Alan Orloff will kill you with a laugh. Or, at least his skillfully crafted characters will. Orloff is the author behind the Last Laff mystery series centering around amateur sleuth and standup comedian Channing Hayes. Though Orloff employees a unique brand of his own humor, the stories themselves hold true to the genre with edge of your seat suspense and enough clues and twists to keep the reader guessing to the very end.
A born and bred Washingtonian, this husband and father has worked as a forklift operator, factory supervisor, in engineering, and on nuclear submarines. I have no clue how he got the forklift on the submarine. With degrees in engineering and business, Orloff has been employed in the newspaper business, marketing, and software development. A believer in waste reduction and recycling, he started his own newsletter, educating the public about the need to improve our ecosystem through simple changes in our daily routines. But, Orloff’s passion for writing refused to take a backseat.
“Killer Routine” debuted last year, introducing Channing Hayes, his comedy, and the tragedy he’s had to overcome. “Deadly Campaign,” the second in the series came out this year and once again has Channing immersed in a mystery embroiled in politics, payoffs, blackmail, and, of course, murder.
Orloff’s initial offering to readers was “Diamonds for the Dead,” an Agatha Award nominee. In that novel, he established a solid storytelling foundation rife with family secrets and murder that would serve as a precursor of things to come from this talented author. However, similar to Channing Hayes, Orloff has a parallel persona he dubbed Zak Allen, who also happens to write mystery novels, albeit a bit darker than Orloff. Zak pits his protagonists against cannibalistic killers and psychotics who enjoy bragging about their victims to a shock radio DJ. Whether a reader starts with Orloff or Zak, there is more than degree of certainty the reader is in for bumpy and thoroughly enjoyable mystery ride.
Q) Why mystery?
A) They say you should write what you know, but since most of the stuff I know is pretty boring, I decided to write what I read. I read a lot of crime fiction--mysteries and thrillers and everything in between. I guess over the years I’ve absorbed many of the conventions, rhythms, and pacing from those types of stories. I don’t think I’d be very good at writing romances or historical fiction—they’re just not my cup of tea. Now, if you want to talk horror and science fiction, I’ve read quite a bit in those genres, too, so…well, enter Zak Allen.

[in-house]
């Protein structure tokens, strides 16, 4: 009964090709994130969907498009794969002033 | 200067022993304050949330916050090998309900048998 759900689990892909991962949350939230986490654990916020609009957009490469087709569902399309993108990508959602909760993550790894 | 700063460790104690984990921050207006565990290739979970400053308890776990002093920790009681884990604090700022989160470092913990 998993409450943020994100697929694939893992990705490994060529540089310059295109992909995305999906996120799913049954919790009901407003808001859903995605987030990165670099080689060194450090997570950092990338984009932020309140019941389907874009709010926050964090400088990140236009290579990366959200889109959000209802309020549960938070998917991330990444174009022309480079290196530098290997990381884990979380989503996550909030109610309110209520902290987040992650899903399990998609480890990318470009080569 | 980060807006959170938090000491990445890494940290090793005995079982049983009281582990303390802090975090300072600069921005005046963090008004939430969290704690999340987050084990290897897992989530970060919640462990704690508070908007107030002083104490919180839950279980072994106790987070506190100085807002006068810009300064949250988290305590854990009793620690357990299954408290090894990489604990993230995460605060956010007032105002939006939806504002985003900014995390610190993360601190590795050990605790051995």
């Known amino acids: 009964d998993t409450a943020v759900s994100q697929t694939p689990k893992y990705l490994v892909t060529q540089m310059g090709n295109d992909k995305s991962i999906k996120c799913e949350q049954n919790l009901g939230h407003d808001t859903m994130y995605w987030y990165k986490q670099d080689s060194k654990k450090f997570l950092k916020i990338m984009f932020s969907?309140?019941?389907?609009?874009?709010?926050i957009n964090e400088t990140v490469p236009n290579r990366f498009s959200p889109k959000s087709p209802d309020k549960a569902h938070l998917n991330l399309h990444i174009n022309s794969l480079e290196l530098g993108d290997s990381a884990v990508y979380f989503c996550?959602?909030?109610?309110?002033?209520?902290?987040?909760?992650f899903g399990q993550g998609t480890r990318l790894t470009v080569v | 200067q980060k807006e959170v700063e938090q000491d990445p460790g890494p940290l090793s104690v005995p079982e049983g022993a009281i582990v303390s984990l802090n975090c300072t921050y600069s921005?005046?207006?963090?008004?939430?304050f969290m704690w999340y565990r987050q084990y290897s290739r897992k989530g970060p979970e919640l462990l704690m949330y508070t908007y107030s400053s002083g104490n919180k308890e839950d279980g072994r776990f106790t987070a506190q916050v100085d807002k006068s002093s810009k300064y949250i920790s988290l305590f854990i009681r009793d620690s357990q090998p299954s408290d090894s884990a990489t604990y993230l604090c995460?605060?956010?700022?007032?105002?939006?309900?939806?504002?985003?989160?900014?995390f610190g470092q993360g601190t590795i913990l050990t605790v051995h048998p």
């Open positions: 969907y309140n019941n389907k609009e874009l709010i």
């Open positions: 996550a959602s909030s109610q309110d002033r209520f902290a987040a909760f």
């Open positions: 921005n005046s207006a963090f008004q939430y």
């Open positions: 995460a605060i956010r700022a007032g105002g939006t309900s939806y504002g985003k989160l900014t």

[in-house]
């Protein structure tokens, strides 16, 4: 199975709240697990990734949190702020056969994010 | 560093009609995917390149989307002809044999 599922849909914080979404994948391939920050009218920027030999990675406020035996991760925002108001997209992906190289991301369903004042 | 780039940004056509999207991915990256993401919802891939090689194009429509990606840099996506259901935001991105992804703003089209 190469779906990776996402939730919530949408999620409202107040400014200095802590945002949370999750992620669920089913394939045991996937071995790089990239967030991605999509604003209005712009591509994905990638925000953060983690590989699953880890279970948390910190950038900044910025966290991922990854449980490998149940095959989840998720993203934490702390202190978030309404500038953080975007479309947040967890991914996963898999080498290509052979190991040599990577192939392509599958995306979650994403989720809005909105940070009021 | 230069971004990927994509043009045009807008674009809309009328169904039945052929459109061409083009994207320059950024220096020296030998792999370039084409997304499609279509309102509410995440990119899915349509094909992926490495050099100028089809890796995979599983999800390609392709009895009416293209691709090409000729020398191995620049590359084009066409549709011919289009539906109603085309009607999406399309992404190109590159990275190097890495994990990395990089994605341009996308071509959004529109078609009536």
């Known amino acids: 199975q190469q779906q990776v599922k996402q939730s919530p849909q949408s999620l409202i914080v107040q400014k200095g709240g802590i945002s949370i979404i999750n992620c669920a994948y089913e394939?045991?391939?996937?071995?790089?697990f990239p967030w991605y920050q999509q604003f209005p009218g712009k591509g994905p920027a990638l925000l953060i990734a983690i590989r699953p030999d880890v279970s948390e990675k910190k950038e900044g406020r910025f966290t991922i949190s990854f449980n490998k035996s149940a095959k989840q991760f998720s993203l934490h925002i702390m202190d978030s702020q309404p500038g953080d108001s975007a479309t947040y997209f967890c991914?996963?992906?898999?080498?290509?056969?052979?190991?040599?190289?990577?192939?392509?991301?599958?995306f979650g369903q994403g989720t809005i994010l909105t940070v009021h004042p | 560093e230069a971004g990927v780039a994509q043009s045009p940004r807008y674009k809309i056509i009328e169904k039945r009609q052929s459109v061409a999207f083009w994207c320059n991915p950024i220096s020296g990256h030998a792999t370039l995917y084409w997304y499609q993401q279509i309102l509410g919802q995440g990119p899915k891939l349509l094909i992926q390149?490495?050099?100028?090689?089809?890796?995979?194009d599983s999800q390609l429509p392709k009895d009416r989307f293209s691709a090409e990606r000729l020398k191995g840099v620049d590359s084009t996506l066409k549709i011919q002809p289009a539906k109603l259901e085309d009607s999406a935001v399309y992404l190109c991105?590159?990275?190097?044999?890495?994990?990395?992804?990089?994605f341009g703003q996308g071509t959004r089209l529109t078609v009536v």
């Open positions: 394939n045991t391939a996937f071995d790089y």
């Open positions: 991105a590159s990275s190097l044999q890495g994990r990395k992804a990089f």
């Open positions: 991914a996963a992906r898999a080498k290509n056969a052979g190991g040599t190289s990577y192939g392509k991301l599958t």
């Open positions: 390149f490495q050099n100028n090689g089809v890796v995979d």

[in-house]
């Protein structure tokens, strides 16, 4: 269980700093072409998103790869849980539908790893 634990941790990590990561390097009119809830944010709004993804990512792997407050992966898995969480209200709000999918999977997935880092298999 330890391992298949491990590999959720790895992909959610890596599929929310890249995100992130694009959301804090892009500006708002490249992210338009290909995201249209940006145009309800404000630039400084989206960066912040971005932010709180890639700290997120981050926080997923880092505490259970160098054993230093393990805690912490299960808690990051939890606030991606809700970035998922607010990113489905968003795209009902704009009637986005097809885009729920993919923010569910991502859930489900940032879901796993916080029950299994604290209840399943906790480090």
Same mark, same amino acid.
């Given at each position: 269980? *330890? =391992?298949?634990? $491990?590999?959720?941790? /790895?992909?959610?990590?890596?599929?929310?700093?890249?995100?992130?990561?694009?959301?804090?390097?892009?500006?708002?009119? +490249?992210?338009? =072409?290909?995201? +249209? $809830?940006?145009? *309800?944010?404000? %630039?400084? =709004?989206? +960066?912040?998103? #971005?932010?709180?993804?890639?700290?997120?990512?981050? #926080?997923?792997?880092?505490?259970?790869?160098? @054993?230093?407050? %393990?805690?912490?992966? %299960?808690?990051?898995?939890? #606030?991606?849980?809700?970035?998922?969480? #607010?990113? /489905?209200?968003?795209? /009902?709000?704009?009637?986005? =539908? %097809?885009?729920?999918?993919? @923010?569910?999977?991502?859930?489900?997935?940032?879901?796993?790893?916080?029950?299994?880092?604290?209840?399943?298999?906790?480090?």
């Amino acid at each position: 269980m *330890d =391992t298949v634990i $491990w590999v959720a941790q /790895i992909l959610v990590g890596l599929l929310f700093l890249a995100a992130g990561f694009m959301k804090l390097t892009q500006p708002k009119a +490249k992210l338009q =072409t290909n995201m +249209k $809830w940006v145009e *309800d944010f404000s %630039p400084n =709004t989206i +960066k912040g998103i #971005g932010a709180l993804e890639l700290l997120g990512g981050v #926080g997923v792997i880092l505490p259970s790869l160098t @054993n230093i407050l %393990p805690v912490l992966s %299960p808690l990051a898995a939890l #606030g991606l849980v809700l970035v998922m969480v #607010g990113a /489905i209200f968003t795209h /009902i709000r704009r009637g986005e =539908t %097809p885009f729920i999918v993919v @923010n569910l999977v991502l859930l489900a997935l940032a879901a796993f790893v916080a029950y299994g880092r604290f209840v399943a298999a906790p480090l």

Q) You credit your wife with providing much needed support for your venture into a career of writing. Writing is a lonely occupation with little regard for clocks. How do you stay connected with your wife and children?
A) My wife is my biggest supporter and my kids are my biggest fans. I’m a stay-at-home dad, so I’m fortunate to get time to write when the kids are at school. When they’re not in school, or when my wife’s not at work, I get plenty of opportunities to interact with them—we’re quite connected. What might be lacking is my connection with the outside world. Sitting in my cave, pounding a keyboard all day long makes Alan a dull boy.
Q) Quite literally, you have utilized your own neighborhood as stalking ground for your killers. Have your neighbors ever raised a questioning brow during barbeques?
A) My neighbors, my friends, my relatives. All are fair game. I’m always looking for inspiration for my next plot, my next characters, my next setting. Now that you mention it, though, I stopped getting invited to barbeques about two years ago, right about when my first book came out. Probably just a coincidence, huh?
Q) I have to ask. What was your involvement with nuclear subs?
A) Armed with a mechanical engineering degree, my first job out of college was with General Electric, in their Manufacturing Management program. It consisted of different jobs, in different locations, in different business units. One of my assignments was at the Newport News Shipyards, helping to supervise a crew repairing the missile hatch seals on nuclear subs. All in all, a fascinating experience, both on the subs and in the rest of the shipyard (The USS Nimitz was in drydock there, too, and man, that thing is huge!)
Q) You acknowledge there’s a fine line between comedy and tragedy. Actually, the line can be almost nonexistent. How do you maintain your characters’ balance without leaning too far to either side?
A) It is a tough balancing act. I wanted to write a series that concentrated more on the “darker” side, than on the comedy, and I think I achieved that. Those readers looking for a “funny-funny” book might be a little disappointed. These are mysteries that just happen to take place in the comedy club world. Of course, since many of the characters are comics, their worldviews do have some humor behind them.
Q) Any parting comments for your readers and those yet to pick up one of your books?
A) I’m thankful to all my readers (and reviewers!) for spending their precious time with my characters and my stories. I work very hard to make those stories entertaining!
DA Kentner is an author and journalist www.kevad.net